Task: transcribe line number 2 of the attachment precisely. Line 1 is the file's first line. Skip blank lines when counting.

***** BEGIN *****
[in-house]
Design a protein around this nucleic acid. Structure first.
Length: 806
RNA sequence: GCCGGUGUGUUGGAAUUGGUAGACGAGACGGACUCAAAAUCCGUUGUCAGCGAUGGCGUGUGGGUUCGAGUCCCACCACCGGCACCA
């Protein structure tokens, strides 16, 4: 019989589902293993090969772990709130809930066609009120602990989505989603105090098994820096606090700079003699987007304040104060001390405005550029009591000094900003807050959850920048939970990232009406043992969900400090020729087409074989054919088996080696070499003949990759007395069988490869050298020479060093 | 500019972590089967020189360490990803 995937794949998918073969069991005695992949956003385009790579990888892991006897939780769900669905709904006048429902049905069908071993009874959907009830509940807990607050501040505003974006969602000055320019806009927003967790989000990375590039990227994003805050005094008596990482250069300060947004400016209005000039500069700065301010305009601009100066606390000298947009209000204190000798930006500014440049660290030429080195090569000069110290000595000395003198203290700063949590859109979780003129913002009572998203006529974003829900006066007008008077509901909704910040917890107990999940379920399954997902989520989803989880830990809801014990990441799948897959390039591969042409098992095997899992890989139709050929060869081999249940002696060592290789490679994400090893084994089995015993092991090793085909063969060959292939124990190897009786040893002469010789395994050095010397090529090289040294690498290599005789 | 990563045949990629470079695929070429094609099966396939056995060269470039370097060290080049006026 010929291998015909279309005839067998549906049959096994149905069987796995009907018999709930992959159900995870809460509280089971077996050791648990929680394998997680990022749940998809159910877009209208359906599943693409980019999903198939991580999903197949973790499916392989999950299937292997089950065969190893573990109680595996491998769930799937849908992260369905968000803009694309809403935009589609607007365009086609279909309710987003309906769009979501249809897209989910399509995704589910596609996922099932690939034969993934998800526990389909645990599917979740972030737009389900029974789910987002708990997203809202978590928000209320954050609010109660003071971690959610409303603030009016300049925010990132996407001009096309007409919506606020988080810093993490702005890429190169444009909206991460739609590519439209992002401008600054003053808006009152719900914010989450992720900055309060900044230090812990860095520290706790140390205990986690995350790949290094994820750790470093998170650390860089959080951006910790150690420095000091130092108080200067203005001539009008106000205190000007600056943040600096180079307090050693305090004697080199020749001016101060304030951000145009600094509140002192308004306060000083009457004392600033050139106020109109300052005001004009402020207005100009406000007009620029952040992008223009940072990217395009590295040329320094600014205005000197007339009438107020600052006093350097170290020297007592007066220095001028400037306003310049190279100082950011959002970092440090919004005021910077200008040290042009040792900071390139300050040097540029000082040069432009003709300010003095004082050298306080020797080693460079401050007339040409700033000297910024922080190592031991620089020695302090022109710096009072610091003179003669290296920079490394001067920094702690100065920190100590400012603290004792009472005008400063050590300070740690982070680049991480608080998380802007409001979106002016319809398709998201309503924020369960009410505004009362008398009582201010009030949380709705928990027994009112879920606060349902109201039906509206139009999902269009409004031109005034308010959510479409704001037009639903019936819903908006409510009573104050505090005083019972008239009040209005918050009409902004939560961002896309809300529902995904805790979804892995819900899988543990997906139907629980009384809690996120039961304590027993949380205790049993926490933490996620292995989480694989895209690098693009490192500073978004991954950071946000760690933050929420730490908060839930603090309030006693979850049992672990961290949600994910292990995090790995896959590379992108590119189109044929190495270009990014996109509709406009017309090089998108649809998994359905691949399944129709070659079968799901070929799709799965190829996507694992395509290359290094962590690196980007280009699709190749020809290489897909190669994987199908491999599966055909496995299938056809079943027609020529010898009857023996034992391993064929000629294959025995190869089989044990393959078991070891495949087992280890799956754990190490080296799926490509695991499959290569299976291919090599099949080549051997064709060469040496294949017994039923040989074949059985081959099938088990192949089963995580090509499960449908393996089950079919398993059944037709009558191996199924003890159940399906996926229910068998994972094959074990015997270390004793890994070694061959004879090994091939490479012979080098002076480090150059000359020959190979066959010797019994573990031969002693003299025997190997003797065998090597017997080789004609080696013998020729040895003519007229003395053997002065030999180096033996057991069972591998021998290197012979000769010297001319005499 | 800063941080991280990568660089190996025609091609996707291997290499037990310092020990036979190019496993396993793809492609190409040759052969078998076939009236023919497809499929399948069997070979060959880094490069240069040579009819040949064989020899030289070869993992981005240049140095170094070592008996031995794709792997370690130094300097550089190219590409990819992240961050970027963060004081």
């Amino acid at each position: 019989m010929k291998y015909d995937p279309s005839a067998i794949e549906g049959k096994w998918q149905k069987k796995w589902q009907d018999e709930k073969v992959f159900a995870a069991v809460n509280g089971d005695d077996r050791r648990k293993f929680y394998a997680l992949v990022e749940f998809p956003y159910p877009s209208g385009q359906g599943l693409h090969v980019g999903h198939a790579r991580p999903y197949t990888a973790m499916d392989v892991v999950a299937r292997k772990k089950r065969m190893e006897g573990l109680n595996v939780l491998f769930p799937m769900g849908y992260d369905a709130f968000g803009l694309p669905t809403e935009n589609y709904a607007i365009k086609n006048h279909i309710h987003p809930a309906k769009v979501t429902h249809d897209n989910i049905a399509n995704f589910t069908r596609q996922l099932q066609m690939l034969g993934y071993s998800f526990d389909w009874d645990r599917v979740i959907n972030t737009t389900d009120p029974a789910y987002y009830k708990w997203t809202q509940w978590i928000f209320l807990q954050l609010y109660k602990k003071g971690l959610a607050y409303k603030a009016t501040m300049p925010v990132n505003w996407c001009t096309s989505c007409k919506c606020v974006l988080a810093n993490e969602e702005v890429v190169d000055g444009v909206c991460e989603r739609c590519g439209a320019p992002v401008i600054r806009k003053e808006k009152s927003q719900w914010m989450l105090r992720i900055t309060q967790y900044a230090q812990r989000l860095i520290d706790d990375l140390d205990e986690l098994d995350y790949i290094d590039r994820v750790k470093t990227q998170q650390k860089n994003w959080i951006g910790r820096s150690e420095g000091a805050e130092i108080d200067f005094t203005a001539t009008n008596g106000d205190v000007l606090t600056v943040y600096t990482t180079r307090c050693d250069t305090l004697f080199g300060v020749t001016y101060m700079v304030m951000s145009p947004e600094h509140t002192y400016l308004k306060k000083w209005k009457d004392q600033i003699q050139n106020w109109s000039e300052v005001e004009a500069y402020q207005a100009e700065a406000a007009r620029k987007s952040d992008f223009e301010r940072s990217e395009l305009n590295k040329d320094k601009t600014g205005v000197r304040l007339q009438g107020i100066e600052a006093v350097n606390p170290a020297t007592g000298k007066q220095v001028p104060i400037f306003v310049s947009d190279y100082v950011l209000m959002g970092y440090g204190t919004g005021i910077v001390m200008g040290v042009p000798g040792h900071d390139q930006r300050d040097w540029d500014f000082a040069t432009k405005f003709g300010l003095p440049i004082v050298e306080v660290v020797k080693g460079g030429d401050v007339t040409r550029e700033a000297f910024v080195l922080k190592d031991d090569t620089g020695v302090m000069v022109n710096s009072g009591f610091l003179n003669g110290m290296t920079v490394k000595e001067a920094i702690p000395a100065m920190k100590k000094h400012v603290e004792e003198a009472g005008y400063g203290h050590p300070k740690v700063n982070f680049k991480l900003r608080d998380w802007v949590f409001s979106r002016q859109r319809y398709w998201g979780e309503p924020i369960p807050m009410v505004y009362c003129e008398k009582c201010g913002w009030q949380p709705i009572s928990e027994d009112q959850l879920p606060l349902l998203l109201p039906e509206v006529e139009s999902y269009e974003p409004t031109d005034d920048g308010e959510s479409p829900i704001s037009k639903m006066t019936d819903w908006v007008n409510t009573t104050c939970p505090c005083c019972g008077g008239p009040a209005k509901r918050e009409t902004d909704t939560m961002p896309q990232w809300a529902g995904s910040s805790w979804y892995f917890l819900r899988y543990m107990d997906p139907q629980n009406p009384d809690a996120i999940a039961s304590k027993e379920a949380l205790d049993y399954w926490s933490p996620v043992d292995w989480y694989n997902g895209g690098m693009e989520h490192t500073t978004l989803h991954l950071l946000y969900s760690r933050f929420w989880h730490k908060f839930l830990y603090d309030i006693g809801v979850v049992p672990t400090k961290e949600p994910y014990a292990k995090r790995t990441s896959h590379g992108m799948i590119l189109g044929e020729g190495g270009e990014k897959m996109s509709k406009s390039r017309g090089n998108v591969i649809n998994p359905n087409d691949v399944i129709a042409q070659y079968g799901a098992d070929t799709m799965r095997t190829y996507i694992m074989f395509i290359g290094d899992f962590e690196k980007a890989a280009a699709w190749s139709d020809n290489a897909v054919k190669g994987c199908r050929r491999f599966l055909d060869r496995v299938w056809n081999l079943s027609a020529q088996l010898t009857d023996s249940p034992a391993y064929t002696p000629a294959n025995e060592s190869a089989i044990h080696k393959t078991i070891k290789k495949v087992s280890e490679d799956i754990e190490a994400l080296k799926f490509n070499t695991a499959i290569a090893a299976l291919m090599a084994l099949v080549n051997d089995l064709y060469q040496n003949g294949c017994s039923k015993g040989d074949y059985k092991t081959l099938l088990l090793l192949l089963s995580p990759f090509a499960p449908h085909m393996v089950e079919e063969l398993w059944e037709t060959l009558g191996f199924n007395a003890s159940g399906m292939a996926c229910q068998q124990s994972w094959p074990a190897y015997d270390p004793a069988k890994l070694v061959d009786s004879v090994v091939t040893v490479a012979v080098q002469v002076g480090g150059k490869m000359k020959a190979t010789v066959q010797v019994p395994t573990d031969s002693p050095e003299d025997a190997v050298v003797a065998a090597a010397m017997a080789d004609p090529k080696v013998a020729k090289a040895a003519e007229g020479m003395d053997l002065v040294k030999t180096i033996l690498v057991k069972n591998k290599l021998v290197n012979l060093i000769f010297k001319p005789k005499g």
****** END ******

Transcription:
Design a protein around this nucleic acid. Structure first.